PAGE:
Looking southwest across the installation site, the historic Riverside Hotel can be seen on the opposite bank of the Truckee River. Located adjacent to Reno City Hall, 10 N. Virginia has since been renamed Reno City Plaza, and serves as a gathering place for Reno residents, the site of a seasonal ice skating rink, roller derby matches, concerts, and more.
This column tells the story of Reno’s origin, which can be traced to an original toll bridge located at the very site of this installation–to link the past with the present in a tangible way: “This intersection, where Virginia Street meets the Truckee River, has always been the heart of Reno. Charles W. Fuller established a toll bridge here in 1860, and the site became known as Lake’s Crossing after Myron C. Lake bought the operation the following year. Reno was born in 1868 with the arrival of the Central Pacific Railroad and an auction of 400 town lots, and what had been a popular crossing soon became a thriving community.”
At the dedication ceremony. From left to right: Alicia Barber (Historical Resources Commission), Stacey Spain (Arts and Culture Commission), Michael Moreno (Arts and Culture Commission), Megan Merenda (intern).
Virginia Street Bridge 100th Birthday Party (2005)
In July 2005, on the 100th anniversary of the completion of Reno’s historic Virginia Street Bridge, the City of Reno’s Historical Resources Commission (HRC), in collaboration with the Historic Reno Preservation Society, sponsored a birthday party for the bridge in the heart of downtown Reno. As a commissioner on the HRC, Dr. Barber chaired the committee and scheduled speakers featuring Nevada state archivist Guy Rocha, Nevada Historical Society curator of history Mella Harmon, and Judge Peter Breen, who officiated many Reno divorces over the course of his career.
Following the speeches, a ceremonial “ring toss” was performed in honor of a longstanding Reno tale dating from the 1920s that new divorcees would stand on the Virginia Street Bridge and toss their now-defunct wedding rings into the waters of the Truckee River below, in a bittersweet gesture of freedom and new beginnings. All ring toss participants were given toy gold rings to “toss” over the bridge in one coordinated group fling. Brilliant colored ribbons tied to the rings created a lovely rainbow effect and kept the rings from actually dropping into the water.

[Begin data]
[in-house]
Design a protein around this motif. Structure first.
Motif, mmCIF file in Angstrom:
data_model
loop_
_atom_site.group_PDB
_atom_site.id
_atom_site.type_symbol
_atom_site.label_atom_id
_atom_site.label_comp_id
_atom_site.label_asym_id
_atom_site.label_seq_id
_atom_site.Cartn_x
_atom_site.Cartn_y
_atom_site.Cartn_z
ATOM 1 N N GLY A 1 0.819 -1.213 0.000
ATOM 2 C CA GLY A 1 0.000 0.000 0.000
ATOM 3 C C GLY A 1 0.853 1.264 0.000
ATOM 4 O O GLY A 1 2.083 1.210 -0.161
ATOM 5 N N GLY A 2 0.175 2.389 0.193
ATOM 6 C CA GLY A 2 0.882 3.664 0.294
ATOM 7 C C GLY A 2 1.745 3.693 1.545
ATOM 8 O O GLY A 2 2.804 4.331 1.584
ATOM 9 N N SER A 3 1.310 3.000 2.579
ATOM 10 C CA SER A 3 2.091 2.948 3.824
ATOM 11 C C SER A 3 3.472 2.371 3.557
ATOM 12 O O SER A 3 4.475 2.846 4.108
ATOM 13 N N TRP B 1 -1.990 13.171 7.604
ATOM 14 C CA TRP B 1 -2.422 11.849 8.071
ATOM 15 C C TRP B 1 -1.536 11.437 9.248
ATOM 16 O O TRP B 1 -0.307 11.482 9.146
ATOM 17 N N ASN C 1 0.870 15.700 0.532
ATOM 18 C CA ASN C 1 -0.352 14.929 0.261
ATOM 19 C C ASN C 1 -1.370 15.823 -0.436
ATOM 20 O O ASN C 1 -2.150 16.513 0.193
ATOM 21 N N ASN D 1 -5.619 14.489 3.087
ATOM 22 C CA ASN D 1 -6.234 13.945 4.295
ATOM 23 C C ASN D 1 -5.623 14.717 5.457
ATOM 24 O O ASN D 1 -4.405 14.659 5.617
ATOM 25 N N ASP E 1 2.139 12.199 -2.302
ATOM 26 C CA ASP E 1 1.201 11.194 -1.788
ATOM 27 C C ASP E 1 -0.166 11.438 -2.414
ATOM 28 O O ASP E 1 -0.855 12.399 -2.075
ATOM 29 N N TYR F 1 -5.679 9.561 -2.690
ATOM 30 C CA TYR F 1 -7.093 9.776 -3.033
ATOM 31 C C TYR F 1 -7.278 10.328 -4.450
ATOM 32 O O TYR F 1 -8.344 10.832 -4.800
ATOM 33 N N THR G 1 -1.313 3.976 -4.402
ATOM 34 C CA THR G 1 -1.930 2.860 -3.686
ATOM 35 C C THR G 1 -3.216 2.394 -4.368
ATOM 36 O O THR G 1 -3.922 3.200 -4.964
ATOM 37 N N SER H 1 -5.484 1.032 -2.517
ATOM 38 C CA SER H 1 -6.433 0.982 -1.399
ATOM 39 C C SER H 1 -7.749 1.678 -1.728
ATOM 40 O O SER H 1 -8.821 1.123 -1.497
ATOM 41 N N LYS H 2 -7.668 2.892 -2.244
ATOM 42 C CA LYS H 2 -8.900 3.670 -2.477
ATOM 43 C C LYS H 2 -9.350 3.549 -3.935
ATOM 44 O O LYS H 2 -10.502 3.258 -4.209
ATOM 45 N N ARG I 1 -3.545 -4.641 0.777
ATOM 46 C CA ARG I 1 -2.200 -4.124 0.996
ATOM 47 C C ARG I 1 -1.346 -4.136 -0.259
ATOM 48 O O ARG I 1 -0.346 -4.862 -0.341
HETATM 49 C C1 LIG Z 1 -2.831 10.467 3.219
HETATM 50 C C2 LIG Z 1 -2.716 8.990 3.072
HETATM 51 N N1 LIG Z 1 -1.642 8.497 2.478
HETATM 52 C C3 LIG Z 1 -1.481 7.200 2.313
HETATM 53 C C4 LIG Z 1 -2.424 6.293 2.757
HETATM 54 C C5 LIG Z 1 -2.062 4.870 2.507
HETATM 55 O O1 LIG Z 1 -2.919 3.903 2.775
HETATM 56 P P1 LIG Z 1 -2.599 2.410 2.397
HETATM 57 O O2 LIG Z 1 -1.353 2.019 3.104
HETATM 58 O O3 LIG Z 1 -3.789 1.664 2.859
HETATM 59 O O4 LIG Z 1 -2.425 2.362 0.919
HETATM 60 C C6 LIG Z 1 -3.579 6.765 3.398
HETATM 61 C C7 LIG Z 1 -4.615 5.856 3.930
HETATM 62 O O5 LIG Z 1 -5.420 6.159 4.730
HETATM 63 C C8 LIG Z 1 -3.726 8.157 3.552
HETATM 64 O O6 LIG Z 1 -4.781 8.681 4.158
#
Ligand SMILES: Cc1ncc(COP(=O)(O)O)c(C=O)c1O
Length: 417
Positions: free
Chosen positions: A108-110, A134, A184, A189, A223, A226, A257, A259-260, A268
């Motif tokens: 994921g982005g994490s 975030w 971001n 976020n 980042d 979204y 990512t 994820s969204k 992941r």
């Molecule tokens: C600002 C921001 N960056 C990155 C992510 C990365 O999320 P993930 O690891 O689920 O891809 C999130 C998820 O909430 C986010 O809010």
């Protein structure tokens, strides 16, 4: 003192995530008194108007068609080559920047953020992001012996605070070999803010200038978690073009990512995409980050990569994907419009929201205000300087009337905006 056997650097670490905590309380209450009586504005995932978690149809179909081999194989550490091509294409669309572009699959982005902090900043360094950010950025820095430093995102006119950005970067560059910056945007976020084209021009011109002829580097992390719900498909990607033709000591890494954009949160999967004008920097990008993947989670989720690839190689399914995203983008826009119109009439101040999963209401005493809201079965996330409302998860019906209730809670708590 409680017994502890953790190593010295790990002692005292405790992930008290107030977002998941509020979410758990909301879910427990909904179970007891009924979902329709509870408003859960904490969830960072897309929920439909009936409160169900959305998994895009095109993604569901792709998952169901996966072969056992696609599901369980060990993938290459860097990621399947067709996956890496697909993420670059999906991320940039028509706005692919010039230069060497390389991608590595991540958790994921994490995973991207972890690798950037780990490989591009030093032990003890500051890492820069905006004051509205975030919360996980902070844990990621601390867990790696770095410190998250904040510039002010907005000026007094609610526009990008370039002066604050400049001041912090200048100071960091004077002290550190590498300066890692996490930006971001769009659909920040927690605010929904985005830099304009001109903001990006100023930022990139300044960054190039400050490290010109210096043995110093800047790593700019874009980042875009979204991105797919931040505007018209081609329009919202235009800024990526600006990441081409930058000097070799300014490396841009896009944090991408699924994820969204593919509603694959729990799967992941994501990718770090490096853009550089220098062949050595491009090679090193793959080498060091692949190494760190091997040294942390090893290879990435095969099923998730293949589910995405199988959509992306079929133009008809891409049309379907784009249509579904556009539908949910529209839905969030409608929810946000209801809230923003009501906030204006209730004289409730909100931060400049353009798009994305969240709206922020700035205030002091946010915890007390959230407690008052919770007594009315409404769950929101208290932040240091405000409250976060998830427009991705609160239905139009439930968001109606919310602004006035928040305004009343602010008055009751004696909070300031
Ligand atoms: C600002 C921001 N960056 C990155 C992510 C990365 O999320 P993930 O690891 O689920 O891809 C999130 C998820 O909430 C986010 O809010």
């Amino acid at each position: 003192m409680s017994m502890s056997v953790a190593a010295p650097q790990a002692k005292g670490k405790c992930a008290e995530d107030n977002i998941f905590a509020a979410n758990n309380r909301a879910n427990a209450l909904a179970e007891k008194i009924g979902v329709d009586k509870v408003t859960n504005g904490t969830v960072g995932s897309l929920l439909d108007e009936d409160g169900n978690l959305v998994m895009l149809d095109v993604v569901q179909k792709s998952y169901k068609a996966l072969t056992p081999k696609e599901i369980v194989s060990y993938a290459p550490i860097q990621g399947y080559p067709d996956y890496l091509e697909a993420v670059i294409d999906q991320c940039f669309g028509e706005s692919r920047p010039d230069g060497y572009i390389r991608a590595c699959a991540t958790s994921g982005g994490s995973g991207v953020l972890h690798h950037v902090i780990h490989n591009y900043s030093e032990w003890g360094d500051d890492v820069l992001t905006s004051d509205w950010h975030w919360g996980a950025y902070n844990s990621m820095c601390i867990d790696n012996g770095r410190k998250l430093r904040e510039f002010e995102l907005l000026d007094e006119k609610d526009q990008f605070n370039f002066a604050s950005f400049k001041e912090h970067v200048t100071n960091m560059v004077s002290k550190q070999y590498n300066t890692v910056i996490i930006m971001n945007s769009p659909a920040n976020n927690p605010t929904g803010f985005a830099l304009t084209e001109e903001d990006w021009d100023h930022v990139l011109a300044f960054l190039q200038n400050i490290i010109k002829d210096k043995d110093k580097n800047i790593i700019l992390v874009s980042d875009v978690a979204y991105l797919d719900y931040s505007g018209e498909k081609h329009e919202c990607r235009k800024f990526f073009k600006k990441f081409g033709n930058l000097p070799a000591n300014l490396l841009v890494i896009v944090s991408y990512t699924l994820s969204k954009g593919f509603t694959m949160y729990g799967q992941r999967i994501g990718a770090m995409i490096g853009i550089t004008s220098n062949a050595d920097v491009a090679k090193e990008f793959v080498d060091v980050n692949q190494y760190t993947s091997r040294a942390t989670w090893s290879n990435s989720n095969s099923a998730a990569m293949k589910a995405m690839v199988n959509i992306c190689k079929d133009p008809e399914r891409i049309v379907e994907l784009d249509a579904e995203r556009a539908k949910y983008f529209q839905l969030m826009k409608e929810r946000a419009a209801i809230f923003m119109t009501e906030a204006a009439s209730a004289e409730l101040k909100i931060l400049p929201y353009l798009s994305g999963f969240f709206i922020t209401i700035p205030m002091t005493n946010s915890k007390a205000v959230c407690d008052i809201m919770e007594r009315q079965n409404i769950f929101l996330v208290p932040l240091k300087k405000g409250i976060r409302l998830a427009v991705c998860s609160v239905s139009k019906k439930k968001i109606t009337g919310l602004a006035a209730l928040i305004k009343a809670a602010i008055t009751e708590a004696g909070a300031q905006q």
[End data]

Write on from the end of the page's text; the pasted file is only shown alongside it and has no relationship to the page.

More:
The reenactment was followed by a reception in the Sierra Arts Gallery, located in the adjacent historic Riverside Hotel, complete with birthday cake decorated with historic images of the bridge.
House with a History (2005-2007)
For several years, Dr. Barber contributed to the locally produced public television series, House with a History, which still airs in repeats on KNPB. Serving first as an architectural historian/commentator and later as host, she was able to help bring the stories of some of Northern Nevada’s most fascinating historic structures to a broad audience.
From KNPB website:
“Nevada’s historic houses are a link to the state’s cultural past — the people, events and architectural movements that shaped who we are today. These structures provide a unique cultural guidebook through which we can learn, enjoy, and preserve.”
“Channel 5 Public Broadcasting’s new television series, House with A History, offers viewers an entertaining and educational look at historic homes in northern Nevada. The featured residential structures are more than mere shelter. These homes are the result of vision and the reflection of different personalities. They embody the collective spirits of owners, architects and designers. These historic houses stand as a cultural testament to a particular age and architectural style.”